If you want to keep the coins as pure as local technology allows (which most fantasy settings assume), the original denarii (c. 211 B.C.) was 4.5 grams or 1/72 lbs of silver.  One denarius was equal to 4 setertii, also a silver coin, or 10 ases, a bronze coin which was later made of copper.  I'm unsure of the weight of an as at that time, but later on they were 3-4 grams.  A denarius was also equal to 1/25 of a aureus, a gold coin of about 8 grams.  By my math, that means gold was worth about 14 times more than silver by weight.  The later solidus was worth 12 denarii and weiged about 4.5 grams, but the denarii at that time were smaller.

 

1 aureus = 25 denarii = 100 sestertii = 250 early bronze ases = 400 later copper ases.

 

Of course, even though the original denarii was 4.5 grams of silver, it was valued at 10 grams, so  pretty much from the beginning the coinage was really just representational.  The math is a lot simpler if you ignore the messiness of the real world.

 

 

 

Beoric wrote:

The debasement of currency was the result, not of the reduction of gold and silver content per se, but because the emperors minted more coins (which they could afford to do with reduced precious metals in each coin, sort of like what Germany did after WW1).  The expansion of the empire also brought more gold into Rome disproportionate to the increase in other commodities like grain, so there was inflationary pressure even before the precious metla content was reduced.  Increase in money supply without increasing the commodity supply = inflation.  The fact that counterfeighting was now affordable did not help.  Also, the government that was minting smaller coins was also insiting that taxes be paid in pure gold or silver.

 

If you want to keep the coins as pure as local technology allows (which most fantasy settings assume), the original denarii (c. 211 B.C.) was 4.5 grams or 1/72 lbs of silver.  One denarius was equal to 4 setertii, also a silver coin, or 10 ases, a bronze coin which was later made of copper.  I'm unsure of the weight of an as at that time, but later on they were 3-4 grams.  A denarius was also equal to 1/25 of a aureus, a gold coin of about 8 grams.  By my math, that means gold was worth about 14 times more than silver by weight.  The later solidus was worth 12 denarii and weiged about 4.5 grams, but the denarii at that time were smaller.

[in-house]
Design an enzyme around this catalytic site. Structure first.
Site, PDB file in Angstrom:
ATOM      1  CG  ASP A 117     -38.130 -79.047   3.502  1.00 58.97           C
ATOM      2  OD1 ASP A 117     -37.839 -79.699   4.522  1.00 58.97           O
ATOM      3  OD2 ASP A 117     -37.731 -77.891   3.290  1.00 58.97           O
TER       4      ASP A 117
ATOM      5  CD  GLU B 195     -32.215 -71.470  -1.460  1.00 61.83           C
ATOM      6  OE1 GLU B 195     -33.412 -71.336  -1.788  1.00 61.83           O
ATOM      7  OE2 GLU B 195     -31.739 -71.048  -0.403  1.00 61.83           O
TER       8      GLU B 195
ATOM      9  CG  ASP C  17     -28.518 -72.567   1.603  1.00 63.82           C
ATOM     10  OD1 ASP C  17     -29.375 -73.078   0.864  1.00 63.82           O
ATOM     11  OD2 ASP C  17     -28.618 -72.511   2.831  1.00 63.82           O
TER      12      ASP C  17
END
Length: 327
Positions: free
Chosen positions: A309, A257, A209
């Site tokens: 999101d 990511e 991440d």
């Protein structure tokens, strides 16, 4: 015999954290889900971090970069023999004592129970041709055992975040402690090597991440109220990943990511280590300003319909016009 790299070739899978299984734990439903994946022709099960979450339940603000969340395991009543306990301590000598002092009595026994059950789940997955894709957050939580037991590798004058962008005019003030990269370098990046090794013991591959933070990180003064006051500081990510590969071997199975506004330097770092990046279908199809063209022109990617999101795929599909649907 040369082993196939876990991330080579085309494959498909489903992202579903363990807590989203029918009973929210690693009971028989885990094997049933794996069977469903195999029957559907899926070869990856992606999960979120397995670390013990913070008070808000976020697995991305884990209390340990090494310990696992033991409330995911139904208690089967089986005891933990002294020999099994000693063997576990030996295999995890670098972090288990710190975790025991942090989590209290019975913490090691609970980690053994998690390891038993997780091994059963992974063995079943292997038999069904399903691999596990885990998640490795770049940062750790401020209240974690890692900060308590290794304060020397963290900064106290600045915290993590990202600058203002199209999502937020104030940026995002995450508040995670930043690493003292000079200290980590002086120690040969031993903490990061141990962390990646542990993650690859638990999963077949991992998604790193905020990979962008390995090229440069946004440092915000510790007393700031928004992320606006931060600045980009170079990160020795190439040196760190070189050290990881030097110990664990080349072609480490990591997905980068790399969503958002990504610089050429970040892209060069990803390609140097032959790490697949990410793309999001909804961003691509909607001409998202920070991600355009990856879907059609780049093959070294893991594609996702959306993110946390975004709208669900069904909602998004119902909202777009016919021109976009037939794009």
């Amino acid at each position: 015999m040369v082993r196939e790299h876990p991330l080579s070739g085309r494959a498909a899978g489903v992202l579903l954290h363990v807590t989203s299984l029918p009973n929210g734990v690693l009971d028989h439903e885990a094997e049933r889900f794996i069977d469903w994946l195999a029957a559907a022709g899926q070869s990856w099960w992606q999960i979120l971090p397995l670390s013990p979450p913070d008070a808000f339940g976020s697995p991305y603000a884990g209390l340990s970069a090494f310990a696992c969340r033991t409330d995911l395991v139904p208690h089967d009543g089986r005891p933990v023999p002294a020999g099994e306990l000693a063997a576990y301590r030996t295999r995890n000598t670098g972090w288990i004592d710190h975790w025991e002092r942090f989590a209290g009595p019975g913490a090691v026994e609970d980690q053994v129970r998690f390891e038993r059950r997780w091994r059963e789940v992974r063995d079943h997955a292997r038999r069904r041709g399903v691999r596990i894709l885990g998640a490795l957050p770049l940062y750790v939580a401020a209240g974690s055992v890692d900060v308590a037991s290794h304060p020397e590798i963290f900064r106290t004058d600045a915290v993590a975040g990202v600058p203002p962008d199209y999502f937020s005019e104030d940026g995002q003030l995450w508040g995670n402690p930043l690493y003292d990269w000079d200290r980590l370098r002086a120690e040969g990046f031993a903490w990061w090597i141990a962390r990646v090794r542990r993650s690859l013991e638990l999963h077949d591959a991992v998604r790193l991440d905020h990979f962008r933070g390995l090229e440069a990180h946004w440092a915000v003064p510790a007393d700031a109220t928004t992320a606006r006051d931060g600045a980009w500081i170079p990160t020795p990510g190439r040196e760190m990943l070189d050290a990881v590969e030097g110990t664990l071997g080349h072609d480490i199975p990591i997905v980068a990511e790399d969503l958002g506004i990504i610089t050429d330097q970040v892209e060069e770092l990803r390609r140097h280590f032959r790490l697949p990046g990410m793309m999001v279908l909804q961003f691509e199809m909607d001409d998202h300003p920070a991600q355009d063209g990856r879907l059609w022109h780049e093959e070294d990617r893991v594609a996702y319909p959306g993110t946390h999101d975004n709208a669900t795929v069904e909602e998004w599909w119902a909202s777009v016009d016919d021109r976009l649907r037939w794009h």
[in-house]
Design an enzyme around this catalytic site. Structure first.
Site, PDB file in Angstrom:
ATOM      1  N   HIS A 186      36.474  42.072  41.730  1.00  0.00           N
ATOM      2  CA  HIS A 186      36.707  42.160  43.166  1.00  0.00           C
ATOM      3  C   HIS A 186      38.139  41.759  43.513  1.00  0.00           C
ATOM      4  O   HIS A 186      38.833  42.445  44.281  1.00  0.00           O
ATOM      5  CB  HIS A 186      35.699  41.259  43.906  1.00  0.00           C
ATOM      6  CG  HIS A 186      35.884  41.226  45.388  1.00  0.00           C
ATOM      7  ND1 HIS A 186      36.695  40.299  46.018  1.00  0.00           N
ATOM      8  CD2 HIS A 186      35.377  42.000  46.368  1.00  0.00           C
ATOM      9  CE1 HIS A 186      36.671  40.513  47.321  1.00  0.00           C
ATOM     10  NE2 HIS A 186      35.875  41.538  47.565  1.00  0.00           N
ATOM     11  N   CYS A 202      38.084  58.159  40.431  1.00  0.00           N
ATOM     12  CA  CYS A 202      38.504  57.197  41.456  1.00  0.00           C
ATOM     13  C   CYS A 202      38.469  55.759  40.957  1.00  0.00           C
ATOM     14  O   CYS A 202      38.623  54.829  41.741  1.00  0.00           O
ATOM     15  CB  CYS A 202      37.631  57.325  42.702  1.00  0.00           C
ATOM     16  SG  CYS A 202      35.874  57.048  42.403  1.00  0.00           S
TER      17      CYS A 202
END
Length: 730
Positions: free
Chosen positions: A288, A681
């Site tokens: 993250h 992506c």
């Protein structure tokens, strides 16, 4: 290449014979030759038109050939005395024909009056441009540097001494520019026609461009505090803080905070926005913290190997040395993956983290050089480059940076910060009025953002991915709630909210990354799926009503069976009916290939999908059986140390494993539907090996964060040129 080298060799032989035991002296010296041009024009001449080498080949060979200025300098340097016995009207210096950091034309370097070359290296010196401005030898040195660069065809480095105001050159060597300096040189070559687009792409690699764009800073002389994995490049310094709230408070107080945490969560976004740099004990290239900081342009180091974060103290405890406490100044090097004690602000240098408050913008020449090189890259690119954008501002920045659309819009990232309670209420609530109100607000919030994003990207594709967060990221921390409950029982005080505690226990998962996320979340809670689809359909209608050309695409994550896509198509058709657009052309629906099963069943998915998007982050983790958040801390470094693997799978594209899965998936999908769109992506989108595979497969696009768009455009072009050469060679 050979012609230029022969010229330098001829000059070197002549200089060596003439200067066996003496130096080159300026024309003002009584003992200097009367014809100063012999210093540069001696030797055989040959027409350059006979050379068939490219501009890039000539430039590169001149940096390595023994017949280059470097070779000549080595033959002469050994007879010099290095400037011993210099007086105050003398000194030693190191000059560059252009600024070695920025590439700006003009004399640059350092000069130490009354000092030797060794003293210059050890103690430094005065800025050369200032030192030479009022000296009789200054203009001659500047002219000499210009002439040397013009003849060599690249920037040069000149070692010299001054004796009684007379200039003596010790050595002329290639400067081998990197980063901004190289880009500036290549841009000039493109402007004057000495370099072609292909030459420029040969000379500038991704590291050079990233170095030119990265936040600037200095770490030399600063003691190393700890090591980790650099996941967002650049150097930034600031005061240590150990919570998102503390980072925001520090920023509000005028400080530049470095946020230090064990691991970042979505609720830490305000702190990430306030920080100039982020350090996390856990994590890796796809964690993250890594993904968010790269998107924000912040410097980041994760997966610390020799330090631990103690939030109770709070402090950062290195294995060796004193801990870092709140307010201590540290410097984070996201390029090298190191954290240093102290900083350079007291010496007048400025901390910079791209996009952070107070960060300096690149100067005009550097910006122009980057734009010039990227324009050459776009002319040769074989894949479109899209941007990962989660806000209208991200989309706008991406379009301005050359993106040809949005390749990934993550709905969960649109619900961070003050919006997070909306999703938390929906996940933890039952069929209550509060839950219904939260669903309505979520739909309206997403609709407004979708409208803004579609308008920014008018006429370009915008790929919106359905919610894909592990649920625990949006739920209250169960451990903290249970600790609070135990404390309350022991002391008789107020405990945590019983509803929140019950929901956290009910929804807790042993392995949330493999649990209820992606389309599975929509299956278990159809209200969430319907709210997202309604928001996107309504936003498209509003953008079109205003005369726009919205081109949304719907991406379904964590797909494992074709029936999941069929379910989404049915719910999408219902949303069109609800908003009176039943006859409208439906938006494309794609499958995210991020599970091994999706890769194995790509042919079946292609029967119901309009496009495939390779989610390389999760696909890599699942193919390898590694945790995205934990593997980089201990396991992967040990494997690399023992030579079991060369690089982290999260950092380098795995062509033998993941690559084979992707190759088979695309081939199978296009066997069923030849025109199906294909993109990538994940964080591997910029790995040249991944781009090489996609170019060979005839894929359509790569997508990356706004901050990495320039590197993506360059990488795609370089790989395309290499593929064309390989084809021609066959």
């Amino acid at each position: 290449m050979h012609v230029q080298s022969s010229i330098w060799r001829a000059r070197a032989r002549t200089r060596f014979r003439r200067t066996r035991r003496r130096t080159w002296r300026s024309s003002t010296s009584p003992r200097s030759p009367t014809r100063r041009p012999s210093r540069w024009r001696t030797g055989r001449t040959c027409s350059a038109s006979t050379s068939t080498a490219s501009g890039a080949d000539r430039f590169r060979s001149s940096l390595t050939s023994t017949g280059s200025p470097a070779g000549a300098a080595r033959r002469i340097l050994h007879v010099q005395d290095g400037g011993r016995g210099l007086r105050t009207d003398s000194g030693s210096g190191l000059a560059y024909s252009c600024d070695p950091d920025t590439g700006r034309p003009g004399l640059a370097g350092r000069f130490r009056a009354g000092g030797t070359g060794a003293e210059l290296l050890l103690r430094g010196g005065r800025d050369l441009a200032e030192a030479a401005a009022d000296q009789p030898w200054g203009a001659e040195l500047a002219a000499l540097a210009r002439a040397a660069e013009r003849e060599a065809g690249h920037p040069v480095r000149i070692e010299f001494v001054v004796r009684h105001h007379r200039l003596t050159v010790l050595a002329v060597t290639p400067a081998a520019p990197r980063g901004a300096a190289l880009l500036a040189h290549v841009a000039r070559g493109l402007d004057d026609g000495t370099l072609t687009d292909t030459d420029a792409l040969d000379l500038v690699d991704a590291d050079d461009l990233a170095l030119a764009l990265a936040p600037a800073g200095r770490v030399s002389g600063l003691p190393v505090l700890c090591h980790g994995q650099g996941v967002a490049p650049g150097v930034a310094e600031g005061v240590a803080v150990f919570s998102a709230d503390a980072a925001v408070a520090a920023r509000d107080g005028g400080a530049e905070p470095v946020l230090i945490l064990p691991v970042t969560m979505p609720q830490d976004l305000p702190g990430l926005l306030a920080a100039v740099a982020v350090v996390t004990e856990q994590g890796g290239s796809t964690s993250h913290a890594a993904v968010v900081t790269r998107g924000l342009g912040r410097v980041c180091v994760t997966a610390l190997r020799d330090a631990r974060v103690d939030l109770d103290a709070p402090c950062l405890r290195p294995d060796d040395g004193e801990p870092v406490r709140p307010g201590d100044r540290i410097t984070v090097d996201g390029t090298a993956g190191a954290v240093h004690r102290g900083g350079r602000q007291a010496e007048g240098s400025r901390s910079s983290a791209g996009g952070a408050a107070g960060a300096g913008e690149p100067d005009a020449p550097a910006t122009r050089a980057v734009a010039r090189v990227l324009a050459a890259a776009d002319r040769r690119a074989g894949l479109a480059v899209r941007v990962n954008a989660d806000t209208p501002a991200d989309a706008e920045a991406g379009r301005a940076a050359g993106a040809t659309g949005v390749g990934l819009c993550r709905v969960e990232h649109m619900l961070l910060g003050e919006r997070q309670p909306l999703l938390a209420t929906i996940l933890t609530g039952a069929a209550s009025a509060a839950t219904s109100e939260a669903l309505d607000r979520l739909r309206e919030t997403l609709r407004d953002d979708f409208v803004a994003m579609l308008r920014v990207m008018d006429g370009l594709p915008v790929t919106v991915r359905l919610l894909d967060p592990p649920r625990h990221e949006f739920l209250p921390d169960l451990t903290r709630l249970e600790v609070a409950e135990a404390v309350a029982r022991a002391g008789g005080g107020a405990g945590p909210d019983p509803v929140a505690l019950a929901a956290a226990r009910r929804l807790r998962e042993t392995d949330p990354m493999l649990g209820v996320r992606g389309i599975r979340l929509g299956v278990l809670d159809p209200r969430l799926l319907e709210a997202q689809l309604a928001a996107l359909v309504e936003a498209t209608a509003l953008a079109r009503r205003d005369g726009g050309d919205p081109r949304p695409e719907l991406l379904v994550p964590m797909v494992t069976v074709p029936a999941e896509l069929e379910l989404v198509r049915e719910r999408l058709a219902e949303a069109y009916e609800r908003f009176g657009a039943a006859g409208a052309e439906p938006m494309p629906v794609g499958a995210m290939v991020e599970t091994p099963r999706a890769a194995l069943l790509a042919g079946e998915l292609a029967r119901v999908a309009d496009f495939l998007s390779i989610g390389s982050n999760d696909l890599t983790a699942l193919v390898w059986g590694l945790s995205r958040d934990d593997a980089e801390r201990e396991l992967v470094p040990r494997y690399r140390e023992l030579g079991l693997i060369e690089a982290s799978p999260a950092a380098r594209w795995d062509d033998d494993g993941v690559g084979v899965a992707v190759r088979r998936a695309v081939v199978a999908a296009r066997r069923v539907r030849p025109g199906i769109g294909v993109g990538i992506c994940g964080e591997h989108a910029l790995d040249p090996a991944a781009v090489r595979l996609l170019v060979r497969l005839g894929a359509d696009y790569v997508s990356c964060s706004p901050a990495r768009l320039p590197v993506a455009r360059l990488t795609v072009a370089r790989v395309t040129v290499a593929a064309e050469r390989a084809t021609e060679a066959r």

1 aureus = 25 denarii = 100 sestertii = 250 early bronze ases = 400 later copper ases.

 

Of course, even though the original denarii was 4.5 grams of silver, it was valued at 10 grams, so  pretty much from the beginning the coinage was really just representational.  The math is a lot simpler if you ignore the messiness of the real world.


Not sure if we're disagreeing, but the Romans reduced the amount of precious metals in their coins to pay for wars and public services. However, as they increased their money supply, inflation took off, resulting in the Edict of Diocletian; one of the first attempts at state-mandated price fixing, which had the same effects it always had. By weight, it varied from region to region, which is why a bitemtal standard with fixed exchange rates never worked properly and was never fixed at any specific rate, but rather fluctuated between 10 and 20.

What the Romans did and the Weimar Republic did was exactly the same, bar that Weimar were able to do it on a much larger scale due to paper.

 

I don't think we disagree.

 

I note that a lot of the 2e supplements have price lists expressed in historical currencies, which are pretty easy to use with the equipment lists in the 2e PH.  The currencies are not too difficult to convert to a 3e or 4e standard, since many items have been the same pice for 3 or 4 editions.  I am thinking particulary of the Viking Campaign Sourcebook, and the Celts Campaign Source book, both of which have prices set by weight of silver, Charlemagne's Paladins which has Carolingian currency, and A Mighty Fortress which uses currencies from Europe during the Elzabethan period (and includes monlthly expenses by social class).